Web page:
Updated: Jul 25, 2018
As the sun streamed through the living room window on Sunday morning, I said to my girlfriend, "I've got a funny feeling about today, I think Town might get something". That sparked a conversation about not getting my hopes up and the logic of what I was saying. Town couldn't get anything out of this game, in fact they would be lucky to simply avoid a demoralising defeat.
My optimism that Town would get anything from the game was drained when I saw that David Wagner had effectively gone for a team comprising of 7 defenders. This would be a keep the score down exercise and nothing more I thought.
But from the first few minutes Town showed an industry, desire and concentration that I haven't seen them play with this season. Every single outfield player looked calm, composed and utterly determined to keep City out.
It was very much a backs to the wall performance, but Huddersfield also showed tenacity and bite in attacking areas. When City's Brazilian 'keeper Ederson had the ball at his feet he found his passing lines blocked by tenacious Terriers and was at times forced into mistakes.
This showed that not only did the Terriers want to play with defensive solidity, but they also wanted to make things uncomfortable for the Champions and seek out a goal of their own. In truth, despite all their possession and attacking intent, City never seriously breached a well drilled Huddersfield backline.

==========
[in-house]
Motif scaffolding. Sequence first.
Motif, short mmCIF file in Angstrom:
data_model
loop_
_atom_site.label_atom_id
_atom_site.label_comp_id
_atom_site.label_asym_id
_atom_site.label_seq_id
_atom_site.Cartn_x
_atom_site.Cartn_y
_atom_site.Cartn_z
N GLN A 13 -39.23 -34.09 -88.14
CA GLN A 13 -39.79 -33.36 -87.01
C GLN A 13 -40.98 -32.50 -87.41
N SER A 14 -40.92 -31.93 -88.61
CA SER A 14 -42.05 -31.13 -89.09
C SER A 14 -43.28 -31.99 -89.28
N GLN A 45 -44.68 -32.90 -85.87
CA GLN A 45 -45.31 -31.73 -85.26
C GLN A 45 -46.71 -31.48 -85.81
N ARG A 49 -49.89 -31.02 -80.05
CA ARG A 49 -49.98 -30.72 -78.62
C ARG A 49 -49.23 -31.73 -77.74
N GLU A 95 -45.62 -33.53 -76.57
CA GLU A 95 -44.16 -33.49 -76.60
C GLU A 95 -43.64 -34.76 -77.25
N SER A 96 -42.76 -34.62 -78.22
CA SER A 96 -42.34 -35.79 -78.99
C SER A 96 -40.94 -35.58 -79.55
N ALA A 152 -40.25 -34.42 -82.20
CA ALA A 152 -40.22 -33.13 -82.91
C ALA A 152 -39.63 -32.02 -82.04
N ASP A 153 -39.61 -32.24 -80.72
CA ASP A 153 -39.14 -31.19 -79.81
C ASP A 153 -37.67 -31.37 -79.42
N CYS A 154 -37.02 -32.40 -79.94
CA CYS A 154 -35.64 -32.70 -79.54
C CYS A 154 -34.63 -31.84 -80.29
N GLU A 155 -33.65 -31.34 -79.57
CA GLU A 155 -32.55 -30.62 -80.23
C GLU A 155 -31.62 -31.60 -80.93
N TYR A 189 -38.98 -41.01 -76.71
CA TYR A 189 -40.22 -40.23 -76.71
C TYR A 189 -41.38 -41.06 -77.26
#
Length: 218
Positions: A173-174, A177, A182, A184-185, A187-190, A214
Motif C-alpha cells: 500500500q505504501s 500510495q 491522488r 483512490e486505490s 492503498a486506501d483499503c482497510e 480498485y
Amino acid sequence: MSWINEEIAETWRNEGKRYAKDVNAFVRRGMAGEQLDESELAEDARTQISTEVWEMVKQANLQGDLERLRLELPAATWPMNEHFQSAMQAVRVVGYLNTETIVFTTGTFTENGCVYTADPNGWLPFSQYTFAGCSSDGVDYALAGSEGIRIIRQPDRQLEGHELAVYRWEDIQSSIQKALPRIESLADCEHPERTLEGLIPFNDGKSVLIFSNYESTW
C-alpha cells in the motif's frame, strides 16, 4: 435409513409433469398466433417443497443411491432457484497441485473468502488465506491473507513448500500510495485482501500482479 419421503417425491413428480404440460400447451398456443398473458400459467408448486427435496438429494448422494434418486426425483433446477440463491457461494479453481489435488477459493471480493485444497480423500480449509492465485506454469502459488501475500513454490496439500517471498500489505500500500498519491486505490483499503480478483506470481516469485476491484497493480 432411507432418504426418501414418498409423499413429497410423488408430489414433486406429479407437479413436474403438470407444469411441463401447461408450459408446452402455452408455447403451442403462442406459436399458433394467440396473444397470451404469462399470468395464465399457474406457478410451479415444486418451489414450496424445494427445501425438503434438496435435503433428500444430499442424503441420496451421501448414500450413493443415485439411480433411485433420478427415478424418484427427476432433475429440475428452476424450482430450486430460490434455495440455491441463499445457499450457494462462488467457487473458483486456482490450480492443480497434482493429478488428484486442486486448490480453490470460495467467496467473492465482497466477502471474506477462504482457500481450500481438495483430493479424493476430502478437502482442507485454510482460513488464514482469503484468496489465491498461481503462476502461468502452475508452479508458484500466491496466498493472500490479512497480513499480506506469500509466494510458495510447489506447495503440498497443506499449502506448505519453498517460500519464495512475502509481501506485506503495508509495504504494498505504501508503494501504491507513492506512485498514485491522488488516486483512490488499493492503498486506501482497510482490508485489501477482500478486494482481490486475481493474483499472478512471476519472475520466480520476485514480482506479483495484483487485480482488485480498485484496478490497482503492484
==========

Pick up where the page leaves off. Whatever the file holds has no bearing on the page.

There were saves of course from Jonas Lossl, but nothing that couldn't be considered regulation, and the only time the hosts looked certain to score was when Lossl and Mounie combined to almost turn the ball into their own goal.
Meanwhile, Town did threaten. There were efforts from distance by Mooy and Prithcard, but both Florent Hadergjonaj and Scott Malone had terrific chances to score in the match, and had they had more experience in attacking positions, they surely would have.
There was a tinge of disappointment at the final whistle as Town fans rued the late miss by Scott Malone and the half-chance that fell to Laurent Depoitre, but there should be no disappointment at all. Only pride. Town became the first team to shut-out Man City at the Etihad since Manchester United in April of last year.
Town spoiled the coronation of perhaps the Premier League's greatest ever Champions and in doing so showed the footballing world that they are certainly no pushovers.Victory would have secured the Terriers Premier League place for another season, but a draw could do too.
Not only does the point take Town three clear of the relegation zone, but it sends a message to the chasing pack. We won't go away lightly, we will fight to the very last. Southampton and their manager Mark Hughes were devastated on Saturday when they conceded a cruel equaliser at Everton.
But imagine their devastation when they sat down on Sunday to watch our game. In the back of their minds they will have been aiming for us, not expecting us to get a single point from our last three fixtures. They will have been expecting a 5-0 victory for City and a bruising psychological blow to us.
What they actually saw though, was a team with spades of character, battling their way to an incredible result. They now travel to Swansea with us further away than they expected and the pressure is well and truly on them.
As I say, safety is not mathematically secured yet, but this team of ours has shown that it is ready for the fight, and capable of doing anything to save us from the drop. Until the next time, UTT.